by Erica Greenspan
Social Worker, Montgomery Station
There are few relationships more intimate than that of patient and doctor. We hold our trust in these highly skilled professionals, look to them for truth and guidance in our most vulnerable state, yet both patient and doctor shy away from addressing one very uncomfortable topic- the dying process.
What makes this topic so difficult to discuss? And what are the repercussions of delaying, or avoiding altogether, this critical subject as we approach the end of life? The PBS FRONTLINE documentary Being Mortal, based upon
’s best-selling book of the same name, explores the relationship between physician and patient, quality of life and terminal illness. Being Mortal investigates the practice of caring for the dying, and shows how doctors are often remarkably untrained, ill-suited and uncomfortable talking about chronic illness and death with their patients.”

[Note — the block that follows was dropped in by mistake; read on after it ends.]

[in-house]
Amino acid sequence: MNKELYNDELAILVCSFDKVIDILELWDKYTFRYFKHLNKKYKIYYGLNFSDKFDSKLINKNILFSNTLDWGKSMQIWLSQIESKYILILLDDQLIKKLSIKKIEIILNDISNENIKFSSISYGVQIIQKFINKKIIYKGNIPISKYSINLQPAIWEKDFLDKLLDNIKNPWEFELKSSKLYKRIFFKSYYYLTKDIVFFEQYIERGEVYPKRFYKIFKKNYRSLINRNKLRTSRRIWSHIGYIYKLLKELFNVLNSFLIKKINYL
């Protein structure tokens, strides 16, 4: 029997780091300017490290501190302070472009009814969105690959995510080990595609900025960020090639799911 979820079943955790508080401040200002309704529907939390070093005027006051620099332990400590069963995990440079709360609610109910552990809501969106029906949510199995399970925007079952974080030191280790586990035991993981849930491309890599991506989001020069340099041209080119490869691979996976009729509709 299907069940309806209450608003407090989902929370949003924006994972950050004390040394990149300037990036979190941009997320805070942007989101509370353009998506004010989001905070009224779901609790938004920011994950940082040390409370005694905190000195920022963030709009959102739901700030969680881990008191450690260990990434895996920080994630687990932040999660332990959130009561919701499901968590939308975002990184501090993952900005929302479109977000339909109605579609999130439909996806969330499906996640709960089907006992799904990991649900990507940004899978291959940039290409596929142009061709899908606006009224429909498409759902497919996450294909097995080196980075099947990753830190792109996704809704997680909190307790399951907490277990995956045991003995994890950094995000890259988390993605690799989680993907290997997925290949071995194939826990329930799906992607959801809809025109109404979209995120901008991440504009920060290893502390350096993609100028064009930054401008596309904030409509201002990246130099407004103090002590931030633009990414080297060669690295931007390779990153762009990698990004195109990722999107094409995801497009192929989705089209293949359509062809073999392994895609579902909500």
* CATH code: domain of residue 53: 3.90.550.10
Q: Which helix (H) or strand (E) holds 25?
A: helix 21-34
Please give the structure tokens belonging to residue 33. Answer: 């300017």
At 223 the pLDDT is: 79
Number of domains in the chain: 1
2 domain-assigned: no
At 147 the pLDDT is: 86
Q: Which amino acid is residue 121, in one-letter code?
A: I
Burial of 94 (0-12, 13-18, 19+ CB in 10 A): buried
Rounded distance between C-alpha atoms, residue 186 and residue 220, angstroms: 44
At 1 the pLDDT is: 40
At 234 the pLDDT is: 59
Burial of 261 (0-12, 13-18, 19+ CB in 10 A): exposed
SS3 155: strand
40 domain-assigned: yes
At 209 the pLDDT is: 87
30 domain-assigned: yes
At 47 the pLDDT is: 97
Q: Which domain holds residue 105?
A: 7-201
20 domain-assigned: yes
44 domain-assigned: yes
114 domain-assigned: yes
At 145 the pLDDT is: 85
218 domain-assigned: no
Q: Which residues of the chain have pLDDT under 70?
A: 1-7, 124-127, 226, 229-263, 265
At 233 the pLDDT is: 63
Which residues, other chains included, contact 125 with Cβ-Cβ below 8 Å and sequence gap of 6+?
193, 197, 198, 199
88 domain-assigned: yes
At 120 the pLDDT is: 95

The film focuses on this sort of tug of war between physicians who are trained to “fix” medical problems, and the reality that treating such fatal ailments may, in fact, shorten life and inflict suffering along the way. Being Mortal has shined a light on the way in which our society approaches end of life care. It highlights the significance of pausing to have an honest conversation about what we want our final chapter to look like.
The documentary follows the real life stories of physicians and patients who have agreed to share their intimate experiences with terminal illness. Staff members, residents, and families are encouraged to attend a viewing and discussion of the documentary Being Mortal in the Encore Theater on Thursday, May 11 at 7:00 p.m. This event is part of the Social Work Lecture Series and is sponsored by JSSA. Doors open at 6:30 p.m. and light refreshments will be served.